Why are we selling off the impressive public enterprises we often battled as a nation to create?
In the early 1900s, thousands of Canadians battled wealthy interests, winning control of Niagara Falls and creating a public power company. Another popular movement succeeded in creating Canada's public broadcasting system to counter American dominance of the airwaves. And a Canadian doctor established a publicly owned laboratory that saved countless lives by producing affordable medications, contributing to medical breakthroughs and helping to eradicate smallpox throughout the world.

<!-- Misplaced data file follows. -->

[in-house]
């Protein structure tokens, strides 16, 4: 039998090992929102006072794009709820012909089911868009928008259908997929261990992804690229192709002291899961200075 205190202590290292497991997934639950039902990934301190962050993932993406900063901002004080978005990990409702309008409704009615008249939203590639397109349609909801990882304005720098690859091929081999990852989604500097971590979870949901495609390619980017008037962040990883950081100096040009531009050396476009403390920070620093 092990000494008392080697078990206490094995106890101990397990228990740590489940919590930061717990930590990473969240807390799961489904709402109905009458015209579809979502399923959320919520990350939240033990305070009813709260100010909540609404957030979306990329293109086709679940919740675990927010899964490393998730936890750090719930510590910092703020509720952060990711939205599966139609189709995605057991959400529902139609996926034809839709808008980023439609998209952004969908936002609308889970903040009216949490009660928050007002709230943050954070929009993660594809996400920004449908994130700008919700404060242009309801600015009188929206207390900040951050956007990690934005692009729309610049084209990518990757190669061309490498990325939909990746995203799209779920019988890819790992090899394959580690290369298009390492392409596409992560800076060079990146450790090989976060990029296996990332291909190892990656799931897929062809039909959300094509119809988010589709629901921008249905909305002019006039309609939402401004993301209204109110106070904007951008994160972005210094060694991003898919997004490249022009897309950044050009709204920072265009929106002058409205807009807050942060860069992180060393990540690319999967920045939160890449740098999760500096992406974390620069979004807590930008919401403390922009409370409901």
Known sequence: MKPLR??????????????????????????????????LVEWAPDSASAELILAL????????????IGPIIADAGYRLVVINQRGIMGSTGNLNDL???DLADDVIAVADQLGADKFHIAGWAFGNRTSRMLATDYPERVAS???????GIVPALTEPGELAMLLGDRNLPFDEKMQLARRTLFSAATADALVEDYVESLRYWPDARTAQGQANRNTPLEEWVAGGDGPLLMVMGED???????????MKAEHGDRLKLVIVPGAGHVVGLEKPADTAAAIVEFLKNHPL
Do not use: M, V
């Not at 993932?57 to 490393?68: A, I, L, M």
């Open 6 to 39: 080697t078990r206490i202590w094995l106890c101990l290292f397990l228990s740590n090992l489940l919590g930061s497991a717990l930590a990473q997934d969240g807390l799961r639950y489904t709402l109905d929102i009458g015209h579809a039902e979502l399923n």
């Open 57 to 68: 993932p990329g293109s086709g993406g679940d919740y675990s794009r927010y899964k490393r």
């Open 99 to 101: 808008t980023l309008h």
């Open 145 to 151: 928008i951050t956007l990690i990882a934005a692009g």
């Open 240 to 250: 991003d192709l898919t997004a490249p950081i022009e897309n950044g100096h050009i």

But in recent decades, we have allowed our inspiring public enterprises to be privatized and our vital public programs downsized, leaving us increasingly dominated by the forces of private greed that rule the marketplace.
In The Sport and Prey of Capitalists, Linda McQuaig challenges the dogma of privatization, which has defined our political era. She argues that now more than ever, as we grapple with climate change and income inequality, we need to expand, not shrink, our public sphere.